The Seven Heavenly Virtues

by David Harris on October 20, 2011

We don’t want to be all doom and gloom by only mentioning the deadly sins, so here are my top heavenly virtues to counteract the previous list. They are all topics I’ve written about before so click through to read more.

1. Send journalists to your competitors
2. Drink with journalists
3. Shut up and listen
4. Understand the new role of PIOs
5. Be your audience’s representative
6. Confront challenges by taking risks
7. Use press releases sparingly and wisely

And don’t forget all these topics and more are covered in The Enlightened PIO book!

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The Seven Deadly Sins of Science PIOs

by David Harris on October 19, 2011

We had an interesting session at ScienceWriters2011 talking about the Seven Deadly Sins of science PIOs on Saturday. As promised at the session, we have the results of the survey we conducted.

You can download a Word document here: Seven Deadly Sins

My own list of the sins is as follows:
1. Too many crappy press releases
2. Controlling access to your researchers
3. Letting your ego get in the way
4. Competition without collaboration
5. Exaggeration or misrepresentation
6. Unclear communication
7. Failing to be a voice for stakeholders

I’ll explain these more over time but you can probably guess the meaning of most of them pretty easily!

I was also happy to launch a conference edition of The Enlightened PIO book at the meeting and sold quite a few copies there. I still have some left at $15 incl. shipping if you want to get hold of one. Just contact me at physicsdavid (at) gmail.

 

 

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Ignite! talks at Science Writers meeting

September 19, 2011

Enlighten us–but make it quick. That’s the motto of Ignite!, a speaking competition that’s coming to NASW in 2011. Registered NASW meeting attendees can enter to be one of the limited number of speakers who’ll share what they’re most passionate about in science writing. The twist? Every talk is limited to 5 minutes of speaking [...]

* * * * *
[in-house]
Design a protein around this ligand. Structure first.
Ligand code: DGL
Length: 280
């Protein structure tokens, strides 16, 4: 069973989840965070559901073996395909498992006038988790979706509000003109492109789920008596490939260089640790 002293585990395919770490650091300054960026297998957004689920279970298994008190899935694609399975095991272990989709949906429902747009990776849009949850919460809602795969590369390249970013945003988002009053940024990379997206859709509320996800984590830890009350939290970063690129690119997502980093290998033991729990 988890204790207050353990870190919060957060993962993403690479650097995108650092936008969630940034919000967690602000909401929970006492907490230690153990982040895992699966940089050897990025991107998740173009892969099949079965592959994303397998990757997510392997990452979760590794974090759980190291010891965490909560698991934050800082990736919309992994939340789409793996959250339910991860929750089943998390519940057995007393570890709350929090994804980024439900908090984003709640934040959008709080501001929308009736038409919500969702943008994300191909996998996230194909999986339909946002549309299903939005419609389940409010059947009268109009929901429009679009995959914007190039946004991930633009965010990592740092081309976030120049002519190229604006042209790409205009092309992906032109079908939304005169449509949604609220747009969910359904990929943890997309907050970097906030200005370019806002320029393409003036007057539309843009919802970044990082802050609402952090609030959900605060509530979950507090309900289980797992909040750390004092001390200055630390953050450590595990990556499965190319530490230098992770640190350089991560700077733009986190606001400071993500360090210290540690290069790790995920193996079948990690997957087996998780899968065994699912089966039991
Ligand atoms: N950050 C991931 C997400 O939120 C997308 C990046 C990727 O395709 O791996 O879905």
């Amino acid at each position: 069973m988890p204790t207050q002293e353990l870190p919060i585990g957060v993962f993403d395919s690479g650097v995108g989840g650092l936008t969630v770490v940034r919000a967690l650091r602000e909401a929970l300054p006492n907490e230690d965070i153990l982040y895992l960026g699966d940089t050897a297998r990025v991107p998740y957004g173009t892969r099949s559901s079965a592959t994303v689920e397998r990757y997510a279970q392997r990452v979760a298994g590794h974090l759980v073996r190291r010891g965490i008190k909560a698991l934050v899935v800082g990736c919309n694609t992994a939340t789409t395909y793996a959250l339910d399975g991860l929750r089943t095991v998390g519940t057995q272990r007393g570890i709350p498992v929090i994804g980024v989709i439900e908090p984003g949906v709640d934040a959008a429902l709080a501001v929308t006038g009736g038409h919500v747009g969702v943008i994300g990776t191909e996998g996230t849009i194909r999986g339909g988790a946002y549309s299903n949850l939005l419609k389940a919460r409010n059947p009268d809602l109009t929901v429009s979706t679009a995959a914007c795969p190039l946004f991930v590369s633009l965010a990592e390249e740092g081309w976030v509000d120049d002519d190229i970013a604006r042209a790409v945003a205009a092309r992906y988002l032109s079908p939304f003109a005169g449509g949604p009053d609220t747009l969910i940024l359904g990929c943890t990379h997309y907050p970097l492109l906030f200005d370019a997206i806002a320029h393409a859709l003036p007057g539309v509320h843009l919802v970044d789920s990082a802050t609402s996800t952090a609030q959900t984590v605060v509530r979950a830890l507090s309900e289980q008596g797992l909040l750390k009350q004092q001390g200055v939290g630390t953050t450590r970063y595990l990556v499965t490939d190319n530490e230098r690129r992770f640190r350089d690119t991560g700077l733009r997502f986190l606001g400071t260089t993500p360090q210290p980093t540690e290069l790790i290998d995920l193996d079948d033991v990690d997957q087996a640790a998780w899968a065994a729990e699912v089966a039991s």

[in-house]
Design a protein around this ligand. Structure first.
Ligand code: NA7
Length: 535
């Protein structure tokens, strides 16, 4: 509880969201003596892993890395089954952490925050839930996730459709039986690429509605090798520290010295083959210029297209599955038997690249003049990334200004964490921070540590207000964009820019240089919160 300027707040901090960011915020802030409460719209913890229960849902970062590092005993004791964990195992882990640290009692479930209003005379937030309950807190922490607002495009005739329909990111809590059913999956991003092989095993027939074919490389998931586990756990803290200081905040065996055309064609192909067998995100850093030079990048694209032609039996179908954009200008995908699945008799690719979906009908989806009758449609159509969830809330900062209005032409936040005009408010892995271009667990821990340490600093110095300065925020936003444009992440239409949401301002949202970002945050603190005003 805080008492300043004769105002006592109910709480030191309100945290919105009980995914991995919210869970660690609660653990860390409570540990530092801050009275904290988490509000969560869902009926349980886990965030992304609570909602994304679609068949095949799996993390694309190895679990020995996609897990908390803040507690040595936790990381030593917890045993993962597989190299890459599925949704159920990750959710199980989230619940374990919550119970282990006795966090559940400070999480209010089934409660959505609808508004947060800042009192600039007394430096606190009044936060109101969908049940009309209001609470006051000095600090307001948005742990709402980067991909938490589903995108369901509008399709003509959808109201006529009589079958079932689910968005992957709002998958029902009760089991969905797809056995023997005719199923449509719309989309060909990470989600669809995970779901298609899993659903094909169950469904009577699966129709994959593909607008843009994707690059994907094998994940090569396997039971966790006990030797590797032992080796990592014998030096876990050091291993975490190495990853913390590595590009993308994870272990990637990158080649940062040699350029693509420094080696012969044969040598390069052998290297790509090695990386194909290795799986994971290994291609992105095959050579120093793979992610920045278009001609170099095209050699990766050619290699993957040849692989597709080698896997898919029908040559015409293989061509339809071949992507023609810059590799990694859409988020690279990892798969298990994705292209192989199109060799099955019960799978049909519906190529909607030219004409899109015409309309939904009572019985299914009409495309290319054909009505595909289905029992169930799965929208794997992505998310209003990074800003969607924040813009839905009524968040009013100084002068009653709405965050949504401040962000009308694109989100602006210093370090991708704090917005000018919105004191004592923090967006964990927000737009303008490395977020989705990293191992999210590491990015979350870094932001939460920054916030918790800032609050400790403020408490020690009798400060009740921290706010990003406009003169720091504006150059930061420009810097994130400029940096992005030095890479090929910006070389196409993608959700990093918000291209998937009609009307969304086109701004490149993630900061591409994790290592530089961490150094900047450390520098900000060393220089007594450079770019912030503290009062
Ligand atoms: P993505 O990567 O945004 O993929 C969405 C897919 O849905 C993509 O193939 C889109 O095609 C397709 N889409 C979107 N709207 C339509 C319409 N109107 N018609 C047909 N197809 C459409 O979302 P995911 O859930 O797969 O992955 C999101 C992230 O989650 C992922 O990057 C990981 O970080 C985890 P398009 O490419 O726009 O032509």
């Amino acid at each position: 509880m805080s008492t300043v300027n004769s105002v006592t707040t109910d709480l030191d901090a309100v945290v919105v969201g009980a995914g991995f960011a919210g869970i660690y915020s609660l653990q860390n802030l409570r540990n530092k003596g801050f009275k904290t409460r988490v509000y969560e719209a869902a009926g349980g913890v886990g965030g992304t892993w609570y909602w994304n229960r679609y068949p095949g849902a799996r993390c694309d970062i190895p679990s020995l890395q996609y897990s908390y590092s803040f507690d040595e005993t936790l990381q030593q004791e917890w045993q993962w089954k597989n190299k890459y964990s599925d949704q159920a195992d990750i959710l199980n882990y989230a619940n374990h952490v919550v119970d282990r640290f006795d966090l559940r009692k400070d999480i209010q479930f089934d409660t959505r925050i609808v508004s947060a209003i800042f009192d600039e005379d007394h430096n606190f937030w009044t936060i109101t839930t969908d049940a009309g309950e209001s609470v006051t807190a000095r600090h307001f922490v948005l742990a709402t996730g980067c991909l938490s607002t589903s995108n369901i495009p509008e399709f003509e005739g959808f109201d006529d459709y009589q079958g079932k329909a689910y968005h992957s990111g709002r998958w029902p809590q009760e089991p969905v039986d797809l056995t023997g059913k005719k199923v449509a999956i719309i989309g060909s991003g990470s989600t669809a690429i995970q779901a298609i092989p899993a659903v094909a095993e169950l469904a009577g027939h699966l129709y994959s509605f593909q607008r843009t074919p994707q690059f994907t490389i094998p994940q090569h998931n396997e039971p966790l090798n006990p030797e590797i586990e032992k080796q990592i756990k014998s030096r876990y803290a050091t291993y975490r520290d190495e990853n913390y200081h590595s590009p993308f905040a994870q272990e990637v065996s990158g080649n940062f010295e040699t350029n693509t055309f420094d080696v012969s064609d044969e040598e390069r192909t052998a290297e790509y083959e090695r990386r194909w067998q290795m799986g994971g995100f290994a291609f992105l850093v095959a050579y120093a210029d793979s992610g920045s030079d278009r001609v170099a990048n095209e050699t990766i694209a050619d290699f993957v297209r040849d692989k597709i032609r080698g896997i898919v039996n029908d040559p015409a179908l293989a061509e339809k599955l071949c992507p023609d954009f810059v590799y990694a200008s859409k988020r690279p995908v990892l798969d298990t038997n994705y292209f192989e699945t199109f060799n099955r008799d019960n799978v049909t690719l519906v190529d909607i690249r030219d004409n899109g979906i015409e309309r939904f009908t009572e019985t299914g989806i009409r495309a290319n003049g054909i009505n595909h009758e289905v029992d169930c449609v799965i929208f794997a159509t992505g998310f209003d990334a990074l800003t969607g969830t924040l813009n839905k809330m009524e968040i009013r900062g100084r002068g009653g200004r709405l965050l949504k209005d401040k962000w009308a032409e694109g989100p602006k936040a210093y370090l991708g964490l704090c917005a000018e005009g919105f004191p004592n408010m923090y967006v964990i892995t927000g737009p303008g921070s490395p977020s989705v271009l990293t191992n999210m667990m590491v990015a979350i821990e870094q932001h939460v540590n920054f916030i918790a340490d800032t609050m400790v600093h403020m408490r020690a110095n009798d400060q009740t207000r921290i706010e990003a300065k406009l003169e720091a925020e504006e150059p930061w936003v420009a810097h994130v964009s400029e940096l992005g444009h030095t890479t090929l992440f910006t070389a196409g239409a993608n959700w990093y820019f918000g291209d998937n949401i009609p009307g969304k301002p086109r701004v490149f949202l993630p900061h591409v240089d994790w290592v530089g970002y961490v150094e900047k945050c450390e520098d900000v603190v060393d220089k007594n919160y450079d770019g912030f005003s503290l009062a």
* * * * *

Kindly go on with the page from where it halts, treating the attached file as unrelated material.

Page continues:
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Win the EPIO book with the Seven Deadly Sins

September 15, 2011

Next month I’ll be on a panel at the ScienceWriters2011 conference talking about the Seven Deadly Sins of PIOs. I have my list picked out and I’ll reveal them here after the talk but what are your deadly sins of PIO work? Or can you guess mine from what I’ve written on the blog so [...]

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The Enlightened PIO to become a book

September 8, 2011

Thanks to interest in this blog from so many of you, I’m pleased to say that The Enlightened PIO is going to become a book. But for that to happen most successfully, I’d love a little more of your help. What topics have been your favorites on the blog and what topics haven’t I covered [...]

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Be different

August 29, 2011

The activities of most communications offices look much the same. That’s reasonable as they are doing similar things, but just because your activities are the same doesn’t mean your approach much be the same. Too many communications office products fail to enthuse their intended audiences because they are just more of the same. Remember that [...]

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A journalist’s pet peeves about press releases

August 26, 2011

This is a guest post by Charles Day from Physics Today. Rest assured, PIOs! This is a short piece. As a science writer and editor, I have little to complain about your work and much to praise. Still, as a consumer of one of your principal products, the press release, I thought you might appreciate [...]

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Thank your editor

August 24, 2011

All writers know that their lives would be much easier without two things: readers and editors. When you’re writing something remember that editors have a similar feeling: their lives would be easier without writers and publishers. I strongly believe that a good writer/editor team will do a much more effective job than either alone or [...]

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Go to the stakeholders

August 22, 2011

When you converse or meet the stakeholders for your institution, where do you do it? If it’s always at your institution you are missing out on a key element of forming deeper relationships. People naturally feel more comfortable in their own home base and tend to reveal much more about what they are thinking and [...]

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Learn to say no

August 19, 2011

Communication offices have a tendency to say yes to everything asked of them. I’m yet to meet an effective communications office staff that isn’t trying to do more than it can comfortably cope with. A very common pattern in top communications offices is that they fall out of strategic mode by proving they are so [...]

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